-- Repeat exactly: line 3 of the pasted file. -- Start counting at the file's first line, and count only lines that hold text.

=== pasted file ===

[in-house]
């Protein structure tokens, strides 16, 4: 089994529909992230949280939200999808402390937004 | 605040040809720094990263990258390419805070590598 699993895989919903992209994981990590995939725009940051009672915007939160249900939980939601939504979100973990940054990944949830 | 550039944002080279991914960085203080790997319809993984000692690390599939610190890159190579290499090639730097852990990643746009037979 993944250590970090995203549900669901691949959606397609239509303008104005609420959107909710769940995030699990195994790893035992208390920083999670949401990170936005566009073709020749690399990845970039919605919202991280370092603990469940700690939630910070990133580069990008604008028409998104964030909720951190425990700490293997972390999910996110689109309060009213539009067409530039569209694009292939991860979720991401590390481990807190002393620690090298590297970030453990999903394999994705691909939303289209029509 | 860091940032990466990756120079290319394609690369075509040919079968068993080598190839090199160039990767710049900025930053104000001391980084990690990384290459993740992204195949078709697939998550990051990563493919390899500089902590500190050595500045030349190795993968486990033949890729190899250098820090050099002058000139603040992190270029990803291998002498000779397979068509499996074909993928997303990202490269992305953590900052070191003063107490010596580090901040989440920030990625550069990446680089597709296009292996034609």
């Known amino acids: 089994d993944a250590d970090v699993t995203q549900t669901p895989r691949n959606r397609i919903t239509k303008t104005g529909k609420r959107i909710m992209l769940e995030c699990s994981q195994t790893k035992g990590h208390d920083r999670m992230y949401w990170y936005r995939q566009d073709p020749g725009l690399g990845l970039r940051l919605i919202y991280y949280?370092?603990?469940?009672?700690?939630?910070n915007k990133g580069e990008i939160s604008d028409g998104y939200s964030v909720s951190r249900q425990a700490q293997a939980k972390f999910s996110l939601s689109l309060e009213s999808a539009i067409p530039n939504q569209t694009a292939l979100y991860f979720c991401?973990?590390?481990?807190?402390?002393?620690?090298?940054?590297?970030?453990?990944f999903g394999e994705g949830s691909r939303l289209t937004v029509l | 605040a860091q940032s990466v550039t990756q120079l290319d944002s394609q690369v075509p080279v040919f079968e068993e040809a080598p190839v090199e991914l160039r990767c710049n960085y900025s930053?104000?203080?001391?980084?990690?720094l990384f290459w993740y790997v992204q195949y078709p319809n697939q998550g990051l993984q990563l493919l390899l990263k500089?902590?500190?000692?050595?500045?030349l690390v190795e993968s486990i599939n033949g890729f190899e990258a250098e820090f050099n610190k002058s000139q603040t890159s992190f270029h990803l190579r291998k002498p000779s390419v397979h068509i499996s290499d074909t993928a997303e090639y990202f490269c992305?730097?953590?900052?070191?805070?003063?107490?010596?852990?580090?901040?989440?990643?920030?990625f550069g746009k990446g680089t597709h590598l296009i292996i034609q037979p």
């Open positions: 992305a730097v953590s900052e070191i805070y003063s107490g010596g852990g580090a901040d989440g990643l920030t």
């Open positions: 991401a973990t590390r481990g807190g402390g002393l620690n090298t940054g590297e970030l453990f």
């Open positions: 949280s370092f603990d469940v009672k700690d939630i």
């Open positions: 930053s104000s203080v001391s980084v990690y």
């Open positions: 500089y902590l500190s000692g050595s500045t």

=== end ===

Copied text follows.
């Known amino acids: 089994d993944a250590d970090v699993t995203q549900t669901p895989r691949n959606r397609i919903t239509k303008t104005g529909k609420r959107i909710m992209l769940e995030c699990s994981q195994t790893k035992g990590h208390d920083r999670m992230y949401w990170y936005r995939q566009d073709p020749g725009l690399g990845l970039r940051l919605i919202y991280y949280?370092?603990?469940?009672?700690?939630?910070n915007k990133g580069e990008i939160s604008d028409g998104y939200s964030v909720s951190r249900q425990a700490q293997a939980k972390f999910s996110l939601s689109l309060e009213s999808a539009i067409p530039n939504q569209t694009a292939l979100y991860f979720c991401?973990?590390?481990?807190?402390?002393?620690?090298?940054?590297?970030?453990?990944f999903g394999e994705g949830s691909r939303l289209t937004v029509l | 605040a860091q940032s990466v550039t990756q120079l290319d944002s394609q690369v075509p080279v040919f079968e068993e040809a080598p190839v090199e991914l160039r990767c710049n960085y900025s930053?104000?203080?001391?980084?990690?720094l990384f290459w993740y790997v992204q195949y078709p319809n697939q998550g990051l993984q990563l493919l390899l990263k500089?902590?500190?000692?050595?500045?030349l690390v190795e993968s486990i599939n033949g890729f190899e990258a250098e820090f050099n610190k002058s000139q603040t890159s992190f270029h990803l190579r291998k002498p000779s390419v397979h068509i499996s290499d074909t993928a997303e090639y990202f490269c992305?730097?953590?900052?070191?805070?003063?107490?010596?852990?580090?901040?989440?990643?920030?990625f550069g746009k990446g680089t597709h590598l296009i292996i034609q037979p």